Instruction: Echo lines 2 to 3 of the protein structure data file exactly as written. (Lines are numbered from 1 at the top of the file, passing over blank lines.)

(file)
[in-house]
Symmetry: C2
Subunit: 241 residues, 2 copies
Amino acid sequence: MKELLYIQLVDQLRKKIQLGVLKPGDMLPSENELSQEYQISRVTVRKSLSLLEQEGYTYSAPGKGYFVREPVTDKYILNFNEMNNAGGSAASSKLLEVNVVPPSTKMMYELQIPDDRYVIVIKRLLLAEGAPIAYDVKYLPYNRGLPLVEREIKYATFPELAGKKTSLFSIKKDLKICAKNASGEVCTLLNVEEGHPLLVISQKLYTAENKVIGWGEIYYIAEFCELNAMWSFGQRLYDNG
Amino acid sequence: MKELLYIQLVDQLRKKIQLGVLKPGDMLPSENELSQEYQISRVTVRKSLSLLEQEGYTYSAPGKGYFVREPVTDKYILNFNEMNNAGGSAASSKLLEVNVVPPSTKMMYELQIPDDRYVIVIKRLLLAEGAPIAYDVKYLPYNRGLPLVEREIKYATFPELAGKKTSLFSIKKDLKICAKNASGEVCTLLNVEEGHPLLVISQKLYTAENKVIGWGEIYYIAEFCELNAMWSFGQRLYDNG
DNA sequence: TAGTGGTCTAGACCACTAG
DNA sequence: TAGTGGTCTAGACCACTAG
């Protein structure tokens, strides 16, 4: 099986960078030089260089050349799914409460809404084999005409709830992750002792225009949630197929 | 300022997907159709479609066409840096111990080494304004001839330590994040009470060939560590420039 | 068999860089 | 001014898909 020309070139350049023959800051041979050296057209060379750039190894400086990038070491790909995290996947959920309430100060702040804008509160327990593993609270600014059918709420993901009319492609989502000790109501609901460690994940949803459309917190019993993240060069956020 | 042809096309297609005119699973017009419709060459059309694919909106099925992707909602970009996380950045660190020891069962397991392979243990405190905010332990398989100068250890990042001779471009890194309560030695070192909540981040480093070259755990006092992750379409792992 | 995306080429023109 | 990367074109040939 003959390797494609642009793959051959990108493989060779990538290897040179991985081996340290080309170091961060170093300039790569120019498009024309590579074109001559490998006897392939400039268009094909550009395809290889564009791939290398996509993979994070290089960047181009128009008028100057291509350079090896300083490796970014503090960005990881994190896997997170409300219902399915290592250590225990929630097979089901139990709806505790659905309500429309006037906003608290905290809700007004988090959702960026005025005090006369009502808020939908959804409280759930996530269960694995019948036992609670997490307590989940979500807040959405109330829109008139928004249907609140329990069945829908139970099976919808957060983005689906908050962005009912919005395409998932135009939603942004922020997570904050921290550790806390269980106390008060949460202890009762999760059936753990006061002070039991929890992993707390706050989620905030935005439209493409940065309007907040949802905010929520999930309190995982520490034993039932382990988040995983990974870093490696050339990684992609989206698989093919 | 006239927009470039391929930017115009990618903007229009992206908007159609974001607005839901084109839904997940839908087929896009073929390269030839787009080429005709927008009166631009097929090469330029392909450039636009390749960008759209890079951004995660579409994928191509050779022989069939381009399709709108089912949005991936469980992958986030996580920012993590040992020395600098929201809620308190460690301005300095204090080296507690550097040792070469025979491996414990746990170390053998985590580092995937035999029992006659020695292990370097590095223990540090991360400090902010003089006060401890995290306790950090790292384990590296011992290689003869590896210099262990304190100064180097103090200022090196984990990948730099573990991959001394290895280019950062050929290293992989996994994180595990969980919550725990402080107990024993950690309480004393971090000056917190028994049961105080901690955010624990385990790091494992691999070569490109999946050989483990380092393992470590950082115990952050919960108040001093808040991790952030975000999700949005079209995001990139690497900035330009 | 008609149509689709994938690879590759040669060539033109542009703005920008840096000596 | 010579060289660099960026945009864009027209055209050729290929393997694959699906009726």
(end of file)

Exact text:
Symmetry: C2
Subunit: 241 residues, 2 copies